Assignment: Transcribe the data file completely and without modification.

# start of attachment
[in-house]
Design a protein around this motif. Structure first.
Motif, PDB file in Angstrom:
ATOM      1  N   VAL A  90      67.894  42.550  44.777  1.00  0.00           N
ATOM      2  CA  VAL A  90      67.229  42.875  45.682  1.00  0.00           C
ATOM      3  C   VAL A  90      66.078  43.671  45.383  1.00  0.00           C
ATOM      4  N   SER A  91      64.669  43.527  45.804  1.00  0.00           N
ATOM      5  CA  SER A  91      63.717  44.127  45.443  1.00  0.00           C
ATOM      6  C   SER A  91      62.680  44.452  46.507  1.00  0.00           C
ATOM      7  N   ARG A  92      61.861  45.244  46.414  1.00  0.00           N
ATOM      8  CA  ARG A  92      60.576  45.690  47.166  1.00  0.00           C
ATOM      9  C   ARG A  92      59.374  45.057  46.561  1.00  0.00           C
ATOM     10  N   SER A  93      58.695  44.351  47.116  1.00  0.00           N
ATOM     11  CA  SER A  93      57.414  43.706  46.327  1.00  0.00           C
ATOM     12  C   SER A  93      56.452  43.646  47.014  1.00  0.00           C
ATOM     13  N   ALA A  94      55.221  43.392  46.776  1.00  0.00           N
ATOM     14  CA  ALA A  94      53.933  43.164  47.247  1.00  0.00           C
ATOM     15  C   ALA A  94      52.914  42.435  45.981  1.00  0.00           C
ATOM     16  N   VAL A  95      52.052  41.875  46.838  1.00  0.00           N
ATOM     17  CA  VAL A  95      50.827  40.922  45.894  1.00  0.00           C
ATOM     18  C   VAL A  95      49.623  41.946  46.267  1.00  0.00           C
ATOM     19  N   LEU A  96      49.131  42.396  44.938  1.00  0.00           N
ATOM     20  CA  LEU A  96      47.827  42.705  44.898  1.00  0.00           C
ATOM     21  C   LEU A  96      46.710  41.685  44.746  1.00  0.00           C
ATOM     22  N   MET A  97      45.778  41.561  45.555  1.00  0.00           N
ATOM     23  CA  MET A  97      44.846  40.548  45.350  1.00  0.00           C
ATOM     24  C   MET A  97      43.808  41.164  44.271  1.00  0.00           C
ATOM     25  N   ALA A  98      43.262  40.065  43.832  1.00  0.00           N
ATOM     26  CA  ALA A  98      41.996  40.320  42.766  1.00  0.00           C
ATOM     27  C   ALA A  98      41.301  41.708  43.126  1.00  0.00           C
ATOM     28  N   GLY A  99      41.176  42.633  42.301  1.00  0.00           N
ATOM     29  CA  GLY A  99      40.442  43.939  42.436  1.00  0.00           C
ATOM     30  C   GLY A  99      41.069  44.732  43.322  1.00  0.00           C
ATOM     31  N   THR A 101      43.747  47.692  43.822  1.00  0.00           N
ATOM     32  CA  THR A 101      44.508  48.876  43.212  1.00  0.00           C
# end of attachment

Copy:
[in-house]
Design a protein around this motif. Structure first.
Motif, PDB file in Angstrom:
ATOM      1  N   VAL A  90      67.894  42.550  44.777  1.00  0.00           N
ATOM      2  CA  VAL A  90      67.229  42.875  45.682  1.00  0.00           C
ATOM      3  C   VAL A  90      66.078  43.671  45.383  1.00  0.00           C
ATOM      4  N   SER A  91      64.669  43.527  45.804  1.00  0.00           N
ATOM      5  CA  SER A  91      63.717  44.127  45.443  1.00  0.00           C
ATOM      6  C   SER A  91      62.680  44.452  46.507  1.00  0.00           C
ATOM      7  N   ARG A  92      61.861  45.244  46.414  1.00  0.00           N
ATOM      8  CA  ARG A  92      60.576  45.690  47.166  1.00  0.00           C
ATOM      9  C   ARG A  92      59.374  45.057  46.561  1.00  0.00           C
ATOM     10  N   SER A  93      58.695  44.351  47.116  1.00  0.00           N
ATOM     11  CA  SER A  93      57.414  43.706  46.327  1.00  0.00           C
ATOM     12  C   SER A  93      56.452  43.646  47.014  1.00  0.00           C
ATOM     13  N   ALA A  94      55.221  43.392  46.776  1.00  0.00           N
ATOM     14  CA  ALA A  94      53.933  43.164  47.247  1.00  0.00           C
ATOM     15  C   ALA A  94      52.914  42.435  45.981  1.00  0.00           C
ATOM     16  N   VAL A  95      52.052  41.875  46.838  1.00  0.00           N
ATOM     17  CA  VAL A  95      50.827  40.922  45.894  1.00  0.00           C
ATOM     18  C   VAL A  95      49.623  41.946  46.267  1.00  0.00           C
ATOM     19  N   LEU A  96      49.131  42.396  44.938  1.00  0.00           N
ATOM     20  CA  LEU A  96      47.827  42.705  44.898  1.00  0.00           C
ATOM     21  C   LEU A  96      46.710  41.685  44.746  1.00  0.00           C
ATOM     22  N   MET A  97      45.778  41.561  45.555  1.00  0.00           N
ATOM     23  CA  MET A  97      44.846  40.548  45.350  1.00  0.00           C
ATOM     24  C   MET A  97      43.808  41.164  44.271  1.00  0.00           C
ATOM     25  N   ALA A  98      43.262  40.065  43.832  1.00  0.00           N
ATOM     26  CA  ALA A  98      41.996  40.320  42.766  1.00  0.00           C
ATOM     27  C   ALA A  98      41.301  41.708  43.126  1.00  0.00           C
ATOM     28  N   GLY A  99      41.176  42.633  42.301  1.00  0.00           N
ATOM     29  CA  GLY A  99      40.442  43.939  42.436  1.00  0.00           C
ATOM     30  C   GLY A  99      41.069  44.732  43.322  1.00  0.00           C
ATOM     31  N   THR A 101      43.747  47.692  43.822  1.00  0.00           N
ATOM     32  CA  THR A 101      44.508  48.876  43.212  1.00  0.00           C